If you’ve obedience trained your dog, you have a pooch who is a good listener and a savvy learner. But some dog problems and behaviors cannot be solved with the basic commands such as “Sit!” and “Come!” And a dog who follows every command during a training session can still have behavioral problems.
When the peace and quiet of the home hearth is suddenly disrupted by your dog’s bad behavior, it’s not time to get frustrated and lament how this can be. You may ask why they didn’t cover digging in obedience class or excessive barking or shoe chewing. But you can find the answers to these mishaps right here.
The first step is to analyze the destructive behavior by asking yourself a few questions:
What – What exactly is he doing?
When – When did this behavior start? Does this behavior occur at a certain time of day or during the week?
Where – Has there been any change in my dog’s environment, big or small? Does it always occur in a certain room or outside or in a new space?
How Often – Is the behavior consistent or does your dog just misbehave when something is different, such as having guests over?
Why – An analysis of these questions will give you a “why.”
Consider ruling out an illness before you begin your strategy. Any significant change in a dog’s behavior warrants a visit to the vet. Look at the time the behavior started and tie that into any possible change. Change means something big like a newborn or something small like a change in your dog’s routine. If the behavior occurs at a specific time each day, consider what goes on during that time – is it when you leave the house or come in? Or is it when the trash truck comes? Also, consider your dog’s environment where it occurs – has there been a rearrangement of the furniture in the living room? Or new sod in the backyard?
Keep notes about the time, place, and activity going on when your dog misbehaves and follow these tips to correct the behavior.
What – If your dog is digging small holes, it’s not a huge problem. If he’s digging a crater in your yard, something must be done.
Why – Dogs dig for many reasons. Some dig when they’re bored, some dig to bury things, some dig to create a sort of den for themselves, some dig to try to get out and some dig to follow a smell.
Where – Does your dog only dig near the fence? Then he is likely trying to escape? Near the trashcan? Then he’s following a scent.
When – If your dog is digging when the sun is high, he’s likely trying to cool off.
The Solution: Determine what is going on in your dog’s environment outside. If he’s reacting to noise or heat or the neighbor’s cat slinking into the yard, bring him inside. To cure those who bury things, do not leave any toys or bones out with your dog. To keep a dog from digging to get out, place patio stones along the fence. And to thwart a scenthound, cover areas in cedar to distract his nose.
What – A few warning barks should not be curbed by a dog owner, However, excessive barking must be stopped.
Why – Dogs bark mostly to warn their humans of some danger. A dog may also bark in response to another dog or a sound such as a siren.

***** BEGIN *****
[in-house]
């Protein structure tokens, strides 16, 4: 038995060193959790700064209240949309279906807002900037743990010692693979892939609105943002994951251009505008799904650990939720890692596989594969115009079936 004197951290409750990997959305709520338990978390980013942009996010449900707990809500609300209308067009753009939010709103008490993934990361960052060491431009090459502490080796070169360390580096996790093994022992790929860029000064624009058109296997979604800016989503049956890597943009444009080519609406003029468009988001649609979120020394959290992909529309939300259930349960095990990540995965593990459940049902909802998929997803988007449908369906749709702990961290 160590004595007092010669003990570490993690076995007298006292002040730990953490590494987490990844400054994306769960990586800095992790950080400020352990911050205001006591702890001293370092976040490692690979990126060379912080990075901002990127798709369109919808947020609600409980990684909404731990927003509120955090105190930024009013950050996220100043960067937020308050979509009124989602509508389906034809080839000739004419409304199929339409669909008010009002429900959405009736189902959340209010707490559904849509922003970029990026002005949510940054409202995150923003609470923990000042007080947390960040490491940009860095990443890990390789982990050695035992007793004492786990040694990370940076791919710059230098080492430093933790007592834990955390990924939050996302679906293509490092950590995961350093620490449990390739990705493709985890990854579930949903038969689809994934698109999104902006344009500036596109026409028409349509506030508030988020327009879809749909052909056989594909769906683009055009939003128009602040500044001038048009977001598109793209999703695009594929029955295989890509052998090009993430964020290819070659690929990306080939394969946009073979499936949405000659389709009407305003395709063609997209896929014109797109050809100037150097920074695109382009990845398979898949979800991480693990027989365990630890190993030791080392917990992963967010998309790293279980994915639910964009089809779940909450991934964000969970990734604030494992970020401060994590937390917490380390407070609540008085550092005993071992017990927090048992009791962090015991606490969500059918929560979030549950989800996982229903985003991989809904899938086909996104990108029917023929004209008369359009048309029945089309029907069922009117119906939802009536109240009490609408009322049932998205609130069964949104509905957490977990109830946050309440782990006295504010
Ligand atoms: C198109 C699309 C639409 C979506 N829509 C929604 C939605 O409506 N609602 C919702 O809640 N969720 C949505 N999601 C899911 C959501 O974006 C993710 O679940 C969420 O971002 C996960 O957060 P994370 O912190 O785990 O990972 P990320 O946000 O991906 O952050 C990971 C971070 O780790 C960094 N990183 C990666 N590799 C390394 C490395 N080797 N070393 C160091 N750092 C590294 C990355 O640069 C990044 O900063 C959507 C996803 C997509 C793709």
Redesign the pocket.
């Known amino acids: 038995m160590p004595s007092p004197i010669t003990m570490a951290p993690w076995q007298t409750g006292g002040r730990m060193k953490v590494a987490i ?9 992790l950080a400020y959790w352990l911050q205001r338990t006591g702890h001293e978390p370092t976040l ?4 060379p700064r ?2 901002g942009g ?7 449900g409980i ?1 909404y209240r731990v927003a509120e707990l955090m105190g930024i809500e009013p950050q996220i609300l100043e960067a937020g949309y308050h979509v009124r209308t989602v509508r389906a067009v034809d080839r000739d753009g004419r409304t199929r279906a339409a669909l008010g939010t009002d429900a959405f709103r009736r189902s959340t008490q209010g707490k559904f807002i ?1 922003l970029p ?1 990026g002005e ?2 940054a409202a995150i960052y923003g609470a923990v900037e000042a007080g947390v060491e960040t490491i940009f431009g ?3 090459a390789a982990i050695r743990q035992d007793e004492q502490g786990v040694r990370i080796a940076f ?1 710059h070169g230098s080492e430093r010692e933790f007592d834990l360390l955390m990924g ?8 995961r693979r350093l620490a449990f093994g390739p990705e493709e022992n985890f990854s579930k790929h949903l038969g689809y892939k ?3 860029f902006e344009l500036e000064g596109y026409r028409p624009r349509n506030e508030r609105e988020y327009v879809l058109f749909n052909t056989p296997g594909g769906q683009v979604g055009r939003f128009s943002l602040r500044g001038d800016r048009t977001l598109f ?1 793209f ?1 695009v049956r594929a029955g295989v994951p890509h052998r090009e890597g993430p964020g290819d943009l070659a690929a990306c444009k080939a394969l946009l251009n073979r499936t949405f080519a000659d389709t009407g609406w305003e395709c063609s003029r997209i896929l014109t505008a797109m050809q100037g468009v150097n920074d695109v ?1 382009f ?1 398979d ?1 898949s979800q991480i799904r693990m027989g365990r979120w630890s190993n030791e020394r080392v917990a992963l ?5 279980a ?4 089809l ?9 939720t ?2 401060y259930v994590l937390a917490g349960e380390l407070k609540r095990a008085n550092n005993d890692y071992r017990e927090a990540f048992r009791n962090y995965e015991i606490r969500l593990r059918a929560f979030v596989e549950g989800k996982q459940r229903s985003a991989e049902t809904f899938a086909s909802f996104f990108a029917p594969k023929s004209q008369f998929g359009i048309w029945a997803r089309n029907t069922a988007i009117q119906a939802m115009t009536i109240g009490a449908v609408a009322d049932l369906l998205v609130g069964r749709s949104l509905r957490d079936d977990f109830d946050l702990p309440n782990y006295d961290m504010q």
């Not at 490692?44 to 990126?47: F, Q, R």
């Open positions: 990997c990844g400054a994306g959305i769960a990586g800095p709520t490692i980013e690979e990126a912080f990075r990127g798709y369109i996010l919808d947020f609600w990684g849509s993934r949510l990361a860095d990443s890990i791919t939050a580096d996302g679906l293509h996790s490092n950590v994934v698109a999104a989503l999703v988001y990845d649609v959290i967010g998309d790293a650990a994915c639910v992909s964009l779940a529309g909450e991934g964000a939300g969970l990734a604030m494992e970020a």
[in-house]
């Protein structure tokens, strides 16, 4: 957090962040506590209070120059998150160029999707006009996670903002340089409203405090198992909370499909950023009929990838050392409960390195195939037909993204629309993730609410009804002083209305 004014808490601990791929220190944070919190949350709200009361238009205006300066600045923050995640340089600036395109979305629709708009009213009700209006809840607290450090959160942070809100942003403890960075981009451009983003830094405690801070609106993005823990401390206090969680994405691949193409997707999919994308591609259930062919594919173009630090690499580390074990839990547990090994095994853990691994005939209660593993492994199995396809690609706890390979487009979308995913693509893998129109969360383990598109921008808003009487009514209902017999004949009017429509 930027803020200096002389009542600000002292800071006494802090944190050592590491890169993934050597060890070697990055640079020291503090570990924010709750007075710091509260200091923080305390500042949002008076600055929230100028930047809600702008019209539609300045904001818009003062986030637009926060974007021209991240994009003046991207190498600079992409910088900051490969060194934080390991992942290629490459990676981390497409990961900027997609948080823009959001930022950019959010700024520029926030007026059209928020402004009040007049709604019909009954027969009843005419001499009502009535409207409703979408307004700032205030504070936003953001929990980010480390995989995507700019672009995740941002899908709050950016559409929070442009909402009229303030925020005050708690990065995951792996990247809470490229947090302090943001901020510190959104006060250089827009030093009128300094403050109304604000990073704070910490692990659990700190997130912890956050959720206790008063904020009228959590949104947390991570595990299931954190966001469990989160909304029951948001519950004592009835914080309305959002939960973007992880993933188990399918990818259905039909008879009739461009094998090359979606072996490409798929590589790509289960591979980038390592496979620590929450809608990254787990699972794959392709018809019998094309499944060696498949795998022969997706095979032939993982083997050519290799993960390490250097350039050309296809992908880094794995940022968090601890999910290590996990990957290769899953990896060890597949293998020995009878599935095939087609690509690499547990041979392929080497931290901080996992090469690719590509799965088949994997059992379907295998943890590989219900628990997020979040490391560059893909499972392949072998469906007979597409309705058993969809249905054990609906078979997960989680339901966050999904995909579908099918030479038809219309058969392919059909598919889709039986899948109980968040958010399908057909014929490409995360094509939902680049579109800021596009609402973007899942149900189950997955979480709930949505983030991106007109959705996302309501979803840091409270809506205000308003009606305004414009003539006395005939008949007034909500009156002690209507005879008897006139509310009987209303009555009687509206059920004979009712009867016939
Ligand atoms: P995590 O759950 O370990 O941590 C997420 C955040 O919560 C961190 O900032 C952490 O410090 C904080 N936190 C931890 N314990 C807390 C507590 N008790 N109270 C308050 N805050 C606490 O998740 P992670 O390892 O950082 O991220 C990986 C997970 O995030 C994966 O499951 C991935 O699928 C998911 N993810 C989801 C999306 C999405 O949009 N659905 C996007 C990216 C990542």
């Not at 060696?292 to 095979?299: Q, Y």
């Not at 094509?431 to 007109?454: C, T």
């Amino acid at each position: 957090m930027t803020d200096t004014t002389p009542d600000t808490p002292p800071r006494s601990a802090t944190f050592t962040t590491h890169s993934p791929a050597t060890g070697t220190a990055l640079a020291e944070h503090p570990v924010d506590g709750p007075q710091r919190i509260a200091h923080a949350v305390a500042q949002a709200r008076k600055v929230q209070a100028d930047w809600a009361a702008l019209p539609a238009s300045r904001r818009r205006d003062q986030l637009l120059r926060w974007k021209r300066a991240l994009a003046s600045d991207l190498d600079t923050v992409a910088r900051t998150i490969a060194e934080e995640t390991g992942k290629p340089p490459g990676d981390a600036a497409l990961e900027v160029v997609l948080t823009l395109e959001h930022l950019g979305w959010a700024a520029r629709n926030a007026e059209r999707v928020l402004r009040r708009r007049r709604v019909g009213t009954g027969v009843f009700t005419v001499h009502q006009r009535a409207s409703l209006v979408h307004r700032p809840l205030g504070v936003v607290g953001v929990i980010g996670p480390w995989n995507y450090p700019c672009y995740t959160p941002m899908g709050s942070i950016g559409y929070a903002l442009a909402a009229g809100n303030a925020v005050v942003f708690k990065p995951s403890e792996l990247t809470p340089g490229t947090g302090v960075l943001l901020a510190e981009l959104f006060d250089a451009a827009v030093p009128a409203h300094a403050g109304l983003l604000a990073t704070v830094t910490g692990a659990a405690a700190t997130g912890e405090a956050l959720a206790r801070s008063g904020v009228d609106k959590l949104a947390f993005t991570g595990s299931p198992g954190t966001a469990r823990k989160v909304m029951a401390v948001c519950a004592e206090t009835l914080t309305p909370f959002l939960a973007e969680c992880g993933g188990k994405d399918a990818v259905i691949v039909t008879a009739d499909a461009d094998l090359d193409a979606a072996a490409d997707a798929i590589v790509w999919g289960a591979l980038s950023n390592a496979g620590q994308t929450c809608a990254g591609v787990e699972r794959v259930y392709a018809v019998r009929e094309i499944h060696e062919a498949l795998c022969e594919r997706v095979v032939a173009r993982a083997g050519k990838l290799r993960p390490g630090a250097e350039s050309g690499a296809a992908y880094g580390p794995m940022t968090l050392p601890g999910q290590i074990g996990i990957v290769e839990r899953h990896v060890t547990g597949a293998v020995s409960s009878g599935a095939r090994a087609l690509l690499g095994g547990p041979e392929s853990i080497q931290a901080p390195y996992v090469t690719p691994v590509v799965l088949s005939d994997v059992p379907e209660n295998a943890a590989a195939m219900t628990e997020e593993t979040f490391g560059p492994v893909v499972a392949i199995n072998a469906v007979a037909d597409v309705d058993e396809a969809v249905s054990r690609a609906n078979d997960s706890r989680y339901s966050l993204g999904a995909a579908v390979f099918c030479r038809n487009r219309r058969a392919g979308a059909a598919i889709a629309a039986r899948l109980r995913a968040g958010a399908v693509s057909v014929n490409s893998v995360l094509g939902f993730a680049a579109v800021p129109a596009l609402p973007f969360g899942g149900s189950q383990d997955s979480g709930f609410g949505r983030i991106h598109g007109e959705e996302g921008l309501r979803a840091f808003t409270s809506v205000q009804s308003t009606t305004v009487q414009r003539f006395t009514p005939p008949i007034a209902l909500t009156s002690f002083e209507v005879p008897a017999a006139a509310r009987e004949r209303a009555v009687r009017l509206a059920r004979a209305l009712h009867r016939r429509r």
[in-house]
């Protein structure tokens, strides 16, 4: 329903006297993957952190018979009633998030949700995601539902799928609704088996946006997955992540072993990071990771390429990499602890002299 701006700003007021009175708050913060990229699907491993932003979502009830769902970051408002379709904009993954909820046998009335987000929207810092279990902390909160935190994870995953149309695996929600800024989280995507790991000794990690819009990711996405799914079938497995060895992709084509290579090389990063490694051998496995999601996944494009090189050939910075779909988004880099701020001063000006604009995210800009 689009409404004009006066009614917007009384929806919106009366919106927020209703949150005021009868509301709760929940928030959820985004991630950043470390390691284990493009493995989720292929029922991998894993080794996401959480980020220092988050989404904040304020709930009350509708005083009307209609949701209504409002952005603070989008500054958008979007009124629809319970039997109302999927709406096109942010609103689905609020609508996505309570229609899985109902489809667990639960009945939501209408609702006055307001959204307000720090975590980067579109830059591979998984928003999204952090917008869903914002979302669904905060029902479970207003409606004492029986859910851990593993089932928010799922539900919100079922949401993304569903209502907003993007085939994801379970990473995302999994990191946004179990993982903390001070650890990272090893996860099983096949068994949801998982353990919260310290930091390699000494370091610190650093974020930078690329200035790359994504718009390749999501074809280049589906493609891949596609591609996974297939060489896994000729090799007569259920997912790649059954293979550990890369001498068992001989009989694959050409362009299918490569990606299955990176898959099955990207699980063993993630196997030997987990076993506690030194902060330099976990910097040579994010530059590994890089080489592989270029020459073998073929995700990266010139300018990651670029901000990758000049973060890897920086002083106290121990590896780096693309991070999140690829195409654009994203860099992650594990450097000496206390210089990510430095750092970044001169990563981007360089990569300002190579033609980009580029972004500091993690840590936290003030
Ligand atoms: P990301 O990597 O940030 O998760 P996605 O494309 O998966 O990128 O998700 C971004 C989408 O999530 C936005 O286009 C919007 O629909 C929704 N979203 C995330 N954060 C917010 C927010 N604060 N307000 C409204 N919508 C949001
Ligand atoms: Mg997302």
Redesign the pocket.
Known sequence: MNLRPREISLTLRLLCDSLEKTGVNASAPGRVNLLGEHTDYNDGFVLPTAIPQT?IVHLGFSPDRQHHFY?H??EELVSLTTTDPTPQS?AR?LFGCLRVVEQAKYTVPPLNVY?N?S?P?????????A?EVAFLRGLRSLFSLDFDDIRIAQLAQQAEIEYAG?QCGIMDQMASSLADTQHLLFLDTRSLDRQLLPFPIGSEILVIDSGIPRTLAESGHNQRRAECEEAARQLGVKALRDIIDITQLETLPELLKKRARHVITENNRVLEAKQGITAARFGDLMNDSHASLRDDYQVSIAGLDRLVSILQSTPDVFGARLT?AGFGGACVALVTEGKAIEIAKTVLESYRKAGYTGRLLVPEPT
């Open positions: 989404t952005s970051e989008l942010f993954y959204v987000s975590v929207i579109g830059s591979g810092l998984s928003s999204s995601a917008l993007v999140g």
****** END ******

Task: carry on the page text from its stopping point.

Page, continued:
Where – Barking inside bursts your eardrums, outside bursts your neighbors’.
When – If a dog only barks at a certain time of the day, it is likely a sound outside.
The Solution: Unfortunately, we don’t have much control over our outside environment. There are a few humane tools we can use, though – the Citronella Collar and the Ultrasound Anti-Barker. Both of these are harmless and can deter barking.
What – No chewing of human items is acceptable.
Why – Your dog may be bored or he may be lured by the new pair of boots you bought.
Where – If your dog only chews on things in the kitchen, it may be that those objects are particularly desirable to him. If he runs outside with something, He may be more interested in burying it.
When – If your dog chew things while you are away, it actually isn’t some sort of revenge. But it is a sign of boredom.
The Solution: the easiest thing to do is to put everything away. It will mean a more organized house for you and less temptation for your dog. You can spray items with a deterrent such as Bitter Apple or switch his focus from the bad item to a toy. Always leave him durable chew toys when you leave the house.
What – No jumping should be allowed.
Why – Dogs jump on people to get attention and/or to assert dominance.
Where – If your dog only jumps on people at the door, it is likely both a greeting and a way of showing who is in charge. If your dog jumps up on people in someplace like the kitchen, it is likely to get that bit of chicken off their chin.
When – Perhaps your dog is not a jumper except when he goes out for a walk. Or maybe he jumps on you only when you wear a hat.
The Solution: The best command to use when a dog jumps on you is “Off!”. As you say the command in a firm voice, gently raise your knee into a larger dog’s chest or gently move a smaller dog away with your foot. Make your dog sit and reward him. To stop jumping on other people, make your dog “Sit!” and “Stay!” away from the door when guests come in. Have a lead on him so you can easily correct any movement. Another tip is to spray your dog with water when he jumps or use a loud noise to distract him. The key is to firmly remind him that you are the alpha.
Many of dogs’ behavioral problems stem from something we do or some change in the environment. Perhaps you didn’t know that being a dog owner can also mean being a detective and the code you’re deciphering is your dog’s mind. But with a little detecting, you can solve your dog’s problems easily.
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